A dog may be man's best friend, but if people ever figure out what dogs are really thinking, will the friendship sour?
That's a risk that a few inventors in Europe are willing to take: They've received funding to develop "No More Woof," an electronic device that promises to analyze dogs' brain waves and translate a few of their thoughts into rudimentary English.
It's still a work in progress, but once No More Woof is ready for the market, it will join a wide range of other scientific efforts aimed at "breaking the language barrier between animals and humans," as the inventors state on their IndieGoGo.com fundraising page. [The 5 Smartest Non-Primates on the Planet]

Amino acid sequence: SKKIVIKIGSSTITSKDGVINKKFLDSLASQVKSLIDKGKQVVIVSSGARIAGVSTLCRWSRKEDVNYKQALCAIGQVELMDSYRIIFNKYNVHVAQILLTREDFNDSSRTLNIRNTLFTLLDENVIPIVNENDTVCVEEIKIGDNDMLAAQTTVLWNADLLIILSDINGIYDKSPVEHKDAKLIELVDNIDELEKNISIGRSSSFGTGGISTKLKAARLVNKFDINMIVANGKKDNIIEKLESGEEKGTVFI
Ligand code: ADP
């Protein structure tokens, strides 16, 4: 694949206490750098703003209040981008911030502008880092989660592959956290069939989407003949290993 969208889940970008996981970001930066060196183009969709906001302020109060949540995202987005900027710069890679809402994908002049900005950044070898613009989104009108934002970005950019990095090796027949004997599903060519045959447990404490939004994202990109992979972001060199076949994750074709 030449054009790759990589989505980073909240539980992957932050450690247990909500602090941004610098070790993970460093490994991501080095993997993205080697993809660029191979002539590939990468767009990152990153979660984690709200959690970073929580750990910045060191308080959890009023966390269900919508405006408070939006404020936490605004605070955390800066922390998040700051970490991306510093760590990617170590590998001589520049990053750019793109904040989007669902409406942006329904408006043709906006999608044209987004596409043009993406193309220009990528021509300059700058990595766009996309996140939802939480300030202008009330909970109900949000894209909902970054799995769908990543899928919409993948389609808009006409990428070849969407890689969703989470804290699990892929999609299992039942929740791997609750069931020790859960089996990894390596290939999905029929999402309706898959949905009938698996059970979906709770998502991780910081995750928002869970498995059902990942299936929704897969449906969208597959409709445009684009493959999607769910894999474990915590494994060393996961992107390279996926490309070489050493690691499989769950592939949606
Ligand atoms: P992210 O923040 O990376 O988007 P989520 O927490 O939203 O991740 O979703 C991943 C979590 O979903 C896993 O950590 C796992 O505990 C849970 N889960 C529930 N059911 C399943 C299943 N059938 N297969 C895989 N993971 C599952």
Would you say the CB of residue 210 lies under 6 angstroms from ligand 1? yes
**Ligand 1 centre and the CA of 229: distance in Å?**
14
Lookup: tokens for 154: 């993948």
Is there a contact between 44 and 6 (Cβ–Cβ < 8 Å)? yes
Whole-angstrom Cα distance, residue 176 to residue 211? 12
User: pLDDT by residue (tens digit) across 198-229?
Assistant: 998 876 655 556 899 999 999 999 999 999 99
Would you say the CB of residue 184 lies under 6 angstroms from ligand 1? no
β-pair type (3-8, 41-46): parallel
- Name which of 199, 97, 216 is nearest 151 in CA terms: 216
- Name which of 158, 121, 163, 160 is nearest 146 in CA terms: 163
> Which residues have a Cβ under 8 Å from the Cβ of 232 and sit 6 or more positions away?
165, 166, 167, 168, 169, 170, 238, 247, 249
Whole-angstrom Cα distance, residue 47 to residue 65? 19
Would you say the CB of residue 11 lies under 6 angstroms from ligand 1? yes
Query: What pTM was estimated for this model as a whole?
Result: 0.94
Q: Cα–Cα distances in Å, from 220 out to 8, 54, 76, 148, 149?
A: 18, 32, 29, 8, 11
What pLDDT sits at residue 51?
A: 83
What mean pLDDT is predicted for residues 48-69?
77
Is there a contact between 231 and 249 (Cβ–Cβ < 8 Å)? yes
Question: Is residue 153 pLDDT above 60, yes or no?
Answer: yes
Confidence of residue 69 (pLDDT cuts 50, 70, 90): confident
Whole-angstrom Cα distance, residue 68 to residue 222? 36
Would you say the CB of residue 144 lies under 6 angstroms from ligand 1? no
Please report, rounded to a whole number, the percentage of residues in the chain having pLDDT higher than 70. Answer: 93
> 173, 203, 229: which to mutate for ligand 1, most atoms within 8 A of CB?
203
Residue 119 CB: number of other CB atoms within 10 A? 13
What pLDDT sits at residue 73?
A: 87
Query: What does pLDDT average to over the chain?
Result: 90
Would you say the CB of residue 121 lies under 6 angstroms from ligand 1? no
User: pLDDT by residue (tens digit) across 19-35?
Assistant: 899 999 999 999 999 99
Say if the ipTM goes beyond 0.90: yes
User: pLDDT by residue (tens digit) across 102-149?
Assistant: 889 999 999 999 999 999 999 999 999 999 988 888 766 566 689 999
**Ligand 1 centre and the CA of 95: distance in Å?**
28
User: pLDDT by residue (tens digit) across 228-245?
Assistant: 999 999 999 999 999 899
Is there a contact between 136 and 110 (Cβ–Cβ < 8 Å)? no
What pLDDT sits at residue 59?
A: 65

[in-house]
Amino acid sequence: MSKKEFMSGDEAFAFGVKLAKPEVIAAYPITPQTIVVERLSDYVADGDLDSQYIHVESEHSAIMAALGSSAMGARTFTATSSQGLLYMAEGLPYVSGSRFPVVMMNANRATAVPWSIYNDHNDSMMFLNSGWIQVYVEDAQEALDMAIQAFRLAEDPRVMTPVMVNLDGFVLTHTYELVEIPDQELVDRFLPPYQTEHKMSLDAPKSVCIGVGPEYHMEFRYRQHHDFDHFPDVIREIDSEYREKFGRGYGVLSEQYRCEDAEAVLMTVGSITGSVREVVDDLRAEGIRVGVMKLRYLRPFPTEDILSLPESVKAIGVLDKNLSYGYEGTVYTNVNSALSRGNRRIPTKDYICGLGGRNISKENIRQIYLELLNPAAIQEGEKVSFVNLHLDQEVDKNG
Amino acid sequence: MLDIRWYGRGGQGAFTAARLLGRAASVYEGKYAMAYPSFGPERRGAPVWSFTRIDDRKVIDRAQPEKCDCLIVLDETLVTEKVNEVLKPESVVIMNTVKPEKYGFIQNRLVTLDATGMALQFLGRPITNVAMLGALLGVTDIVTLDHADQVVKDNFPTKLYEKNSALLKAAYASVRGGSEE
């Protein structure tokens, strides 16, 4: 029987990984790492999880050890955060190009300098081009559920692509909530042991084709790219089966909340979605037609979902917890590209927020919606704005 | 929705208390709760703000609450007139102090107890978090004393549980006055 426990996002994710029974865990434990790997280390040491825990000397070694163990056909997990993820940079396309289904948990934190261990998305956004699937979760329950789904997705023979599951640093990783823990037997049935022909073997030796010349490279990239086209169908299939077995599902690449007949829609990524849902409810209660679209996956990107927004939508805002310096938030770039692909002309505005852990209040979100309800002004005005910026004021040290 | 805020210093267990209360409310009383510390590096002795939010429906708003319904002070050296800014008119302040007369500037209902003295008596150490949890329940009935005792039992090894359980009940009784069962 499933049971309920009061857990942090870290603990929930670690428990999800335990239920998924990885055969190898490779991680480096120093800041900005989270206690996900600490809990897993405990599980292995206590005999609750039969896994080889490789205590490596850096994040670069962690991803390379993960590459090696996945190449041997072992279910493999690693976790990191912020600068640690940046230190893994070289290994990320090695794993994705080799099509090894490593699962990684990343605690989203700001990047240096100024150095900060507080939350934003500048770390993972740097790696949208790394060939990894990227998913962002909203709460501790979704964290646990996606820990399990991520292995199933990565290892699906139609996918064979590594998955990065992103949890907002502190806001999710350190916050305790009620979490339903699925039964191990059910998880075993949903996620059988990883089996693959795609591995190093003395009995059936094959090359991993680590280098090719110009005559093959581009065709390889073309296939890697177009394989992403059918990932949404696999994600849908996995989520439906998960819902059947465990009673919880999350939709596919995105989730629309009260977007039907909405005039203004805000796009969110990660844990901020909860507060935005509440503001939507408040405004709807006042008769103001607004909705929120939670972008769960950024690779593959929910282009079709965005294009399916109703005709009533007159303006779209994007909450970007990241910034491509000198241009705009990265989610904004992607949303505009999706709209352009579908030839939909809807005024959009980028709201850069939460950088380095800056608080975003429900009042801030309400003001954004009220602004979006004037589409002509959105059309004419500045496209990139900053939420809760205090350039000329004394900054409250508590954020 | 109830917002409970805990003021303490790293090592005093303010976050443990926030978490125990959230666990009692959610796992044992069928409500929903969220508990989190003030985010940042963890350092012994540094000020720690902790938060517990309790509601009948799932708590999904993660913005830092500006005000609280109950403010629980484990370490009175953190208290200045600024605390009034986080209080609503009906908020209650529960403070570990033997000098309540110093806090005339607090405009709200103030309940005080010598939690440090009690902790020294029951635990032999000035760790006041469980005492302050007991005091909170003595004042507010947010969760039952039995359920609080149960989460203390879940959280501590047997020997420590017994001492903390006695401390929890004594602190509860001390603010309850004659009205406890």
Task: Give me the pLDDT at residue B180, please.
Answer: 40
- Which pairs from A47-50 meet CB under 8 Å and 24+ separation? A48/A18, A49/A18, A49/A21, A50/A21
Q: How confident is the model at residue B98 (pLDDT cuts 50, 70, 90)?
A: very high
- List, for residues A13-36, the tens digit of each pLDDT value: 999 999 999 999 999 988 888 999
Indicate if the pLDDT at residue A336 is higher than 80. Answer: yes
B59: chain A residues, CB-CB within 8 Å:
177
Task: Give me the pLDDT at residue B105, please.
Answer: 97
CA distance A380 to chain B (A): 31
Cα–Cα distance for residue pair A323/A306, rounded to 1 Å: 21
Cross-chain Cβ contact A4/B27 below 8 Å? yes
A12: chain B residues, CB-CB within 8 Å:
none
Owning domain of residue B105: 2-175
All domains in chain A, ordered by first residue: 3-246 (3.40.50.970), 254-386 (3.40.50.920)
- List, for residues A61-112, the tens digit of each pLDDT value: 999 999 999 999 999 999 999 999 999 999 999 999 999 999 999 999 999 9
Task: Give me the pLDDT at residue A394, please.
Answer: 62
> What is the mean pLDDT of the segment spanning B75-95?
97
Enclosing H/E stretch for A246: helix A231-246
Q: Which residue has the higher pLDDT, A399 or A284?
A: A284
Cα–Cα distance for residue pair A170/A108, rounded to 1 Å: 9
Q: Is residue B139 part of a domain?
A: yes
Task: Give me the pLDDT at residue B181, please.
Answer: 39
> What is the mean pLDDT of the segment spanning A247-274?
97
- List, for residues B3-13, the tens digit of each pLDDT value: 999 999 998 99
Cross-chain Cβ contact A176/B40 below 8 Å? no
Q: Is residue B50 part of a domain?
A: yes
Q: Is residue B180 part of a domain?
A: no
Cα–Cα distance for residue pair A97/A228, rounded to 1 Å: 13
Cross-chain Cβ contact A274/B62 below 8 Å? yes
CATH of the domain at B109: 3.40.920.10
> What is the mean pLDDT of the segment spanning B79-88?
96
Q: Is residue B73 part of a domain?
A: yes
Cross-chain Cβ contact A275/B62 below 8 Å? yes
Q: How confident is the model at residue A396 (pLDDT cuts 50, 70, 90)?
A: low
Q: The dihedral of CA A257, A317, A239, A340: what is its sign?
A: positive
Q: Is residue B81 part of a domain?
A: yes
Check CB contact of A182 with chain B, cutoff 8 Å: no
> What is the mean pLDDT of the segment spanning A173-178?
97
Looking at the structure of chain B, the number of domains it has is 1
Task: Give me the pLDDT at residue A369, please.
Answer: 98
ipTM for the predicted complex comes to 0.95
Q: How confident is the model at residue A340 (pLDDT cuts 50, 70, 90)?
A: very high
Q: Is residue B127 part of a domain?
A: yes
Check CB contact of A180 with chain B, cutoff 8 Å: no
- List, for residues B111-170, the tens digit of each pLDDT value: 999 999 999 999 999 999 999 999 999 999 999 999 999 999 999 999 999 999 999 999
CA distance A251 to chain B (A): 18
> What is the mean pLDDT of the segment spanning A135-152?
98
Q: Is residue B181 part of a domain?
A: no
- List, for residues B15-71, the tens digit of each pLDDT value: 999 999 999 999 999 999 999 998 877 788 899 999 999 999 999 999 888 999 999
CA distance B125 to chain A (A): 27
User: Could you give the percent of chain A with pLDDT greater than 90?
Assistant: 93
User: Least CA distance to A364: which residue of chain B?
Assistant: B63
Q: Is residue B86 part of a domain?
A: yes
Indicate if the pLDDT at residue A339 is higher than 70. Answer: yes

Developed by the design team at the Sweden-based Nordic Society for Invention and Discovery (NSID), the No More Woof is a lightweight headset, sized for dogs, with sensors that can record electroencephalogram (EEG) readings.
The EEG readings are then analyzed by a Raspberry Pi microcomputer, which will, according to NSID, be programmed to translate those EEG readings into simple phrases like, "I'm hungry," or "Who is that person?" Once translated, those phrases will be reported over a small speaker.